Evangelicalism’s Worldwide Explosion May Strengthen Progressivism by Peter Burfeind.
As the West braces itself for the challenge of a muscular, jihadist Islamism woven into the fabric of our very culture and its treasured institutions, one of the hopes flitting about is that Christianity has its own force worldwide, even in the midst of traditionally Muslim areas. It’s a story often avoided in the West—as with all things Christian—but it’s very real. Latin America, Africa, and Asia have exploded with evangelical Christianity.
Is this a good thing? Certainly, for evangelical christianity it’s a good thing. What about for the cause of conservative governance, liberty, capitalism, or the more historic Christian confessions?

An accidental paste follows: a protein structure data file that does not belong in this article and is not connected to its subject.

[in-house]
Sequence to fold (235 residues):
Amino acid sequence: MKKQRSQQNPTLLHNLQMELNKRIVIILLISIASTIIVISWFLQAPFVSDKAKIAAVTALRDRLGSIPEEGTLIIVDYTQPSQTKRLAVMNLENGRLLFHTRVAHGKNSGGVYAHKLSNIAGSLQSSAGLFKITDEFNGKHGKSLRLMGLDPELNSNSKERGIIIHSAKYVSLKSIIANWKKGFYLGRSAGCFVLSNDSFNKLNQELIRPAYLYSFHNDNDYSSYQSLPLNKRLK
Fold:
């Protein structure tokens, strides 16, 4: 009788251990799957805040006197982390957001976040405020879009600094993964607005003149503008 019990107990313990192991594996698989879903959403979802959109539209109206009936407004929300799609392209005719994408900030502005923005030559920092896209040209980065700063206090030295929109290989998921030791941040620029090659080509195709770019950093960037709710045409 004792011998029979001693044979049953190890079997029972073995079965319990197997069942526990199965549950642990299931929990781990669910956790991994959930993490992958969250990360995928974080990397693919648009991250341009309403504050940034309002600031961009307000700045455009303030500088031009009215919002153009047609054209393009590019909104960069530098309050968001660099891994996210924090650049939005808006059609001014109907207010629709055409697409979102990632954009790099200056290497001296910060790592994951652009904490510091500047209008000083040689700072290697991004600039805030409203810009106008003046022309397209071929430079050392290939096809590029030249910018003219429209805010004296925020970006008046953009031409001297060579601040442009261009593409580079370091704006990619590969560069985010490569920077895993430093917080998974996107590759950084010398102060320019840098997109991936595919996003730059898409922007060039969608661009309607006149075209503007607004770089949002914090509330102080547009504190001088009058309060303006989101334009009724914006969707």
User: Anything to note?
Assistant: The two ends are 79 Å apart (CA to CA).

If history is a precedent, maybe not so much. The evangelicalism explosion may be nothing more than evidence of a mass underlying movement, a prop holding humanity in place while a greater, progressive movement takes place beneath the surface. We could call it Hegel’s apotheosis, a way of giving form to wispy religious feeling before the final stage of History, when humanity sees government (as opposed to the church) as the true embodiment of its do-gooder religiosity—”spiritual but not religious,” “deeds, not creeds,” right?—and governments everywhere become tolerant, nice, liberal, generous, and Progressive, but also godless, nihilistic, “beyond good and evil” bastions of deconstructed reality.